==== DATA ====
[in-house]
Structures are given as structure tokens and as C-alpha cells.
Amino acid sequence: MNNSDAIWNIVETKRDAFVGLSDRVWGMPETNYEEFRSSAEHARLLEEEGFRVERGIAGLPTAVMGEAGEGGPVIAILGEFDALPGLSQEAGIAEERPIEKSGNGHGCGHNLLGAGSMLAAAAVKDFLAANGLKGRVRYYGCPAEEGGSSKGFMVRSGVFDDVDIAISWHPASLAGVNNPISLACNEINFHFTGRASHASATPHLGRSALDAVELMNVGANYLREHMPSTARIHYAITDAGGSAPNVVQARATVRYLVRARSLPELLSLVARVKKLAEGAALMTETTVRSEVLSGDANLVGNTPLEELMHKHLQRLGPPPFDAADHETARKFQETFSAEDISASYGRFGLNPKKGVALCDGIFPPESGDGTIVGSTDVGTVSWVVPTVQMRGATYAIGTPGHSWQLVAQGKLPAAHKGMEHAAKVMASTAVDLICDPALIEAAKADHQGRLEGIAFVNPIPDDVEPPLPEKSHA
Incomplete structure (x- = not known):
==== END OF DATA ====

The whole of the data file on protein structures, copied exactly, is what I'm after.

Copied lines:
[in-house]
Structures are given as structure tokens and as C-alpha cells.
Amino acid sequence: MNNSDAIWNIVETKRDAFVGLSDRVWGMPETNYEEFRSSAEHARLLEEEGFRVERGIAGLPTAVMGEAGEGGPVIAILGEFDALPGLSQEAGIAEERPIEKSGNGHGCGHNLLGAGSMLAAAAVKDFLAANGLKGRVRYYGCPAEEGGSSKGFMVRSGVFDDVDIAISWHPASLAGVNNPISLACNEINFHFTGRASHASATPHLGRSALDAVELMNVGANYLREHMPSTARIHYAITDAGGSAPNVVQARATVRYLVRARSLPELLSLVARVKKLAEGAALMTETTVRSEVLSGDANLVGNTPLEELMHKHLQRLGPPPFDAADHETARKFQETFSAEDISASYGRFGLNPKKGVALCDGIFPPESGDGTIVGSTDVGTVSWVVPTVQMRGATYAIGTPGHSWQLVAQGKLPAAHKGMEHAAKVMASTAVDLICDPALIEAAKADHQGRLEGIAFVNPIPDDVEPPLPEKSHA
Incomplete structure (x- = not known):